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Let this glamorous Minneapolis woman's obituary inspire you

In honor of Jacqueline Murray's life, we are encouraged to listen to jazz, eat some ice cream, and "donate to causes that will elect a new president."

In honor of Jacqueline Murray's life, we are encouraged to listen to jazz, eat some ice cream, and "donate to causes that will elect a new president." Tiffany Churilla

Jacqueline Ari Murray died on Wednesday at the age of 83, and according to her obituary, she was much cooler than most of us.

The lovingly written piece appeared in the Star Tribune on Sunday, and it described a glamourous life lived according to its own terms. Murray resided in Italy, Paris, New York, and Minneapolis. She was fluent in French, danced ballet in the Paris opera, and created a shopping service at Dayton’s for women’s office attire, just as women were starting to break into the workforce.

The obituary says Murray accomplished all this with “class,” as if you needed to ask.

“She lived for quality, sophistication, elegance, and beauty in all areas of her life,” it says.

A memorial has yet to be scheduled, but the obituary suggests a few things to do in Murray’s honor in the meantime:

“Take off your shoes, eat some ice cream, have a margarita or champagne, eat with your fingers on a picnic blanket in the sun, listen to jazz, and donate to causes that will elect a new president.”

The obituary was written by Murray’s daughter, Caprice Bart, who says her mother really was that cool, that classy. Born “Baby Murray,” the youngest of 13 children, she was shipped off to a convent when she was only 4 or 5 years old while her parents supported the World War II effort.

Jacqueline Murray started her own shopping service with Dayton's for working women, and remained remarkably chic throughout her life.

Jacqueline Murray started her own shopping service with Dayton's for working women, and remained remarkably chic throughout her life. Tiffany Churilla

“I’m sure that must have been terrifying,” Bart says. “She said the nuns’ dresses were so straight she thought they slept on boards.”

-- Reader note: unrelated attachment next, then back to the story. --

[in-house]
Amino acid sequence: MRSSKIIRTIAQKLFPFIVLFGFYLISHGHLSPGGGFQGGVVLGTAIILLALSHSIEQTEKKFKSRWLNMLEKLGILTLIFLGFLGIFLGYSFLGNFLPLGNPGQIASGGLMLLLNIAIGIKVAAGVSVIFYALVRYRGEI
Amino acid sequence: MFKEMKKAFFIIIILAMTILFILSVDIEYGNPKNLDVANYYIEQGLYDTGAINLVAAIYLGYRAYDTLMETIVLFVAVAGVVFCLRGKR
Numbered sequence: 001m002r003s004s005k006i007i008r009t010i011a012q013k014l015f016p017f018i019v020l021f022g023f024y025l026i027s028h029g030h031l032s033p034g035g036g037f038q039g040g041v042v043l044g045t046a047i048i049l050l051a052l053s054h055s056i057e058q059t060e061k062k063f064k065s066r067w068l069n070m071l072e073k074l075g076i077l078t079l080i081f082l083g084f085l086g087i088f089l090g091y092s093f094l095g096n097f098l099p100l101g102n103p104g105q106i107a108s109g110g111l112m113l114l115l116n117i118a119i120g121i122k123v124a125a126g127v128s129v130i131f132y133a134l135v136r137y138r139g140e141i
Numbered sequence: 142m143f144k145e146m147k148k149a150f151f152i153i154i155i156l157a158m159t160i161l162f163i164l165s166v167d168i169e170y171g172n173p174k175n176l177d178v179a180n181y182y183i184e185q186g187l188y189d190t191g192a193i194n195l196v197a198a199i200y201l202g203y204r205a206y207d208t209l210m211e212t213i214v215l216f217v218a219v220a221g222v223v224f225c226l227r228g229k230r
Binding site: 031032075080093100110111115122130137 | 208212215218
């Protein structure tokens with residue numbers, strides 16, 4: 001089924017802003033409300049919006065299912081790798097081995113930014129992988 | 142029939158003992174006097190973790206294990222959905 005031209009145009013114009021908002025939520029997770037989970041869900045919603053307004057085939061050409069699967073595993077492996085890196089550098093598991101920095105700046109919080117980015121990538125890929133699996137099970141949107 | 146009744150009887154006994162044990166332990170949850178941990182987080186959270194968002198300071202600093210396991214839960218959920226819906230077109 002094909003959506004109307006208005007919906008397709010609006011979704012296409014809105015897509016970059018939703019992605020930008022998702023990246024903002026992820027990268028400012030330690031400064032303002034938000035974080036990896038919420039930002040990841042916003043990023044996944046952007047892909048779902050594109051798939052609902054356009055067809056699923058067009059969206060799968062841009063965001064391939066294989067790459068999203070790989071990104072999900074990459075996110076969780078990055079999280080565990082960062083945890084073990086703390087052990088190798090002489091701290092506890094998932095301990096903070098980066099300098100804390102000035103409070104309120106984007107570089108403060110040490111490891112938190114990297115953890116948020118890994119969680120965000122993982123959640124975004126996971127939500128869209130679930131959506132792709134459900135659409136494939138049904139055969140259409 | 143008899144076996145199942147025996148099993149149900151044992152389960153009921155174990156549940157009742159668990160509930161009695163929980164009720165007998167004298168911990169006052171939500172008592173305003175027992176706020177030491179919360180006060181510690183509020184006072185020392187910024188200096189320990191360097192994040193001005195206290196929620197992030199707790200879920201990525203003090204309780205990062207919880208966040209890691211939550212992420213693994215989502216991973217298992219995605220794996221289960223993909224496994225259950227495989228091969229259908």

Murray was never keen on doing things that were expected of her. She’d sneak out of her room at night to be with her sisters, according to her second-born, Tiffany Churilla. She graduated from college at a time when few women even attended, became a single mother of four, and started her own business somewhere between being a ballerina in France and studying fashion design.

Her shopping service, FYI (For Your Image), changed how women presented themselves in the workplace, at a time when the best they had were gigantic shoulder pads and boxy earrings. She was eventually invited to work with the famous Galeries Lafayette in Francewhich was, how they say, a coup.

“I don’t know another American woman who could go to Paris, France and teach people how to dress,” Churilla says.

She always liked nice things. She used the guest china and the good crystal regularly. Her tiny apartment in the 510 Groveland building was full of jazz. Her freezer was full of ice cream. She walked around barefoot, like in her bohemian days in Paris in the ’60s, wore a lot of black, painted, and read the New York Times cover to cover every day.

And yes, she hated Donald Trump.

“When he was elected, I think she was really shocked,” says Wendy Marczak, who became one of her closest friends and neighbors in the last decade of her life. “She would watch the news constantly to keep an eye on him.”

A lot of the things Murray loved best had to be scaled back in her later years. She had to eat off paper plates rather than her good dishes. Friends and family discouraged her from watching too much news, lest she sink into despair. But still, she dreamed. Marczak remembers their last argument, when Murray was in a care facility, looking at the buildings outside her window.

“I don’t know how I get myself into these situations,” she said. “I don’t know how I’m going to get out of here.”

It took everything to convince her that she should stay there, within reach of her friends and children, rather than run away to live in a prairie house out in the middle of nowhere.

“She was planning her escape,” Marczak says.

Murray never had a sense of superiority. People remember her as a sort of glamorous mentor, specifically because she spent so much of her time convincing others not to settle for less. She’d sit them down and tell them to tackle their big creative projects, move to the sea, accomplish their dreamsthat nothing less would do.

“She always taught me, ‘That’s not good enough,’” Bart says.

So let’s honor Murray in the way she would have wanted. Kick off your shoes, treat yourself to something nice, flip off Donald Trump, and dream big. Even the lucky ones only get so many days. Make yours glamorous.